• Do obedience training on a consistent basis to turn a dog’s good behaviors into a habit (write on a consistent basis, such as once a week, to turn that practice into a habit).
  • Offer regular playtimes, so the dog can build a relationship with you and also have fun (think of writing as a hobby and something that is for after work or playtime).
  • Pet the dog through belly rubs, head patting and massages to create an emotional bond (think of your writing as a relationship between you and your words).
  • Set the same time every night for bedtime, so that dogs have an expectation of when to settle down (write at the same time and in the same place to create an expectation that now is the time to write, even if the writing may not seem good or out of flow, or at least at first).

These are just a few ways to provide a pattern to let the dog (and your writing self) know what to expect, thereby establishing a good routine to follow. The result is a well-trained dog and a well-trained writer, eager to get to the work and fun of both.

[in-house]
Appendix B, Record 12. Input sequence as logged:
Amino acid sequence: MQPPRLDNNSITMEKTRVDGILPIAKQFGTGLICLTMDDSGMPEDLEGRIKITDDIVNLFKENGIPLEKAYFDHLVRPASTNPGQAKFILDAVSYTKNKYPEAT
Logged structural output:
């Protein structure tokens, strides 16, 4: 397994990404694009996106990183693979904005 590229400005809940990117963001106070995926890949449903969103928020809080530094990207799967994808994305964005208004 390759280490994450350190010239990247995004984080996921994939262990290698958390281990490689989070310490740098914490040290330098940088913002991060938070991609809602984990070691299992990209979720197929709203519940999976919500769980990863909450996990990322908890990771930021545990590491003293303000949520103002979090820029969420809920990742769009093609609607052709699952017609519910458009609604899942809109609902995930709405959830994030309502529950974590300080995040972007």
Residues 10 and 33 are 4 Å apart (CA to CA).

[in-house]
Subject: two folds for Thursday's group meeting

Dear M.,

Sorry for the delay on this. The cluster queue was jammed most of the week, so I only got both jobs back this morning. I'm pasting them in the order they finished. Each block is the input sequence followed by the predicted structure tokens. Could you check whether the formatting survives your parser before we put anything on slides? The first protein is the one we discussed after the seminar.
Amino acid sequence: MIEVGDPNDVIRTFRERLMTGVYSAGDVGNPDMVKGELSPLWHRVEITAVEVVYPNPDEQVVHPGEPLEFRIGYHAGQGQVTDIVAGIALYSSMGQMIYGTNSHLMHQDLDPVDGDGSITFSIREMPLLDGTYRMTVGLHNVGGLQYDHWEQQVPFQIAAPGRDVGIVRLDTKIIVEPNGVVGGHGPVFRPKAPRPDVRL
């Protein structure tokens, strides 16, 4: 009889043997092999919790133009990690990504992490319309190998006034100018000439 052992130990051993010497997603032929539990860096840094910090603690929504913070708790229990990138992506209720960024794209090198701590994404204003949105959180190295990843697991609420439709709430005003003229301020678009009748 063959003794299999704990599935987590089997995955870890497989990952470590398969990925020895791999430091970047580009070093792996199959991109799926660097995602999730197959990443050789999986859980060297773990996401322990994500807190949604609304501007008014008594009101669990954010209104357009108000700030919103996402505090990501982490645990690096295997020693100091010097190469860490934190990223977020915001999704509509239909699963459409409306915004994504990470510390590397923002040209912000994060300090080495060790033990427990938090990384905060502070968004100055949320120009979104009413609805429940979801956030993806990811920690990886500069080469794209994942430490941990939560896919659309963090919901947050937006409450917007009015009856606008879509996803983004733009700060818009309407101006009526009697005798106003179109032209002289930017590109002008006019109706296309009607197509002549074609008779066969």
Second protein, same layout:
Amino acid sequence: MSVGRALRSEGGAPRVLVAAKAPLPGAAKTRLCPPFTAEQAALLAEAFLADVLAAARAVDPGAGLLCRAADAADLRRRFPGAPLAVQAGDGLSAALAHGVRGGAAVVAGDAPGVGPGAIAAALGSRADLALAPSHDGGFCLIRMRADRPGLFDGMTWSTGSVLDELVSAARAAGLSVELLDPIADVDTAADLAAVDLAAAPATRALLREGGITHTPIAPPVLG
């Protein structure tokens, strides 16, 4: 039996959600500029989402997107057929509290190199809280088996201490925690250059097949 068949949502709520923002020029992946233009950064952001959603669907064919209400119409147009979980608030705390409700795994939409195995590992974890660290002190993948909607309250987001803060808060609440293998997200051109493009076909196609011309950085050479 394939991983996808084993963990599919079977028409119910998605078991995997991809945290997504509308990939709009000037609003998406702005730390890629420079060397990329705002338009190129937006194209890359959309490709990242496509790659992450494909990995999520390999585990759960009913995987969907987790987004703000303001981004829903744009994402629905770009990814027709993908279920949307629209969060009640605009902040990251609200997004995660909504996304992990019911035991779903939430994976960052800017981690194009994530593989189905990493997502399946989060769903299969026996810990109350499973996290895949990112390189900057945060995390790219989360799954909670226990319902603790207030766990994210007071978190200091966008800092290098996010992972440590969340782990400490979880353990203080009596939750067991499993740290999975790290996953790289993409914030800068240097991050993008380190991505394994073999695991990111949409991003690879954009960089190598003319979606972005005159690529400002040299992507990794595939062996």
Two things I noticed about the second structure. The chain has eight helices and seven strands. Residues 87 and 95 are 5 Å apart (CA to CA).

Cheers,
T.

Birthday Break from Blogging

In Birthday wishes, Birthdays, Blogging, Cute Dogs on April 30, 2018 at 5:00 pm

Today is my birthday, and it is the last day of National Poetry Month.

Someone told me I’m lucky to have my birthday during this special month. I agree, though I can’t remember how old I am.

To celebrate, I thought I’d take a break from writing and editing and spend the day with my cute puppy, Zoey. She’s nine, so she’s actually not a puppy. I just think of her that way because when she walks, she bounces.

Here are some pictures of Zoey the cutest dachshund ever, including one of her as a birthday girl!

Zoey opens some of her presents for her second birthday.  She gets to open presents for birthdays and Christmas holidays and typically gets treats, rawhide and a couple of toys.

Zoey hangs out with some of her toys, including her favorite stuffed bunny!

Zoey loves teddy bears that are her size, but has a toy box full of them from mini to extra large.

Valentine’s Day and a Writing Love

In Editing, Loving Writing, Uncategorized, Writing on February 14, 2018 at 2:00 pm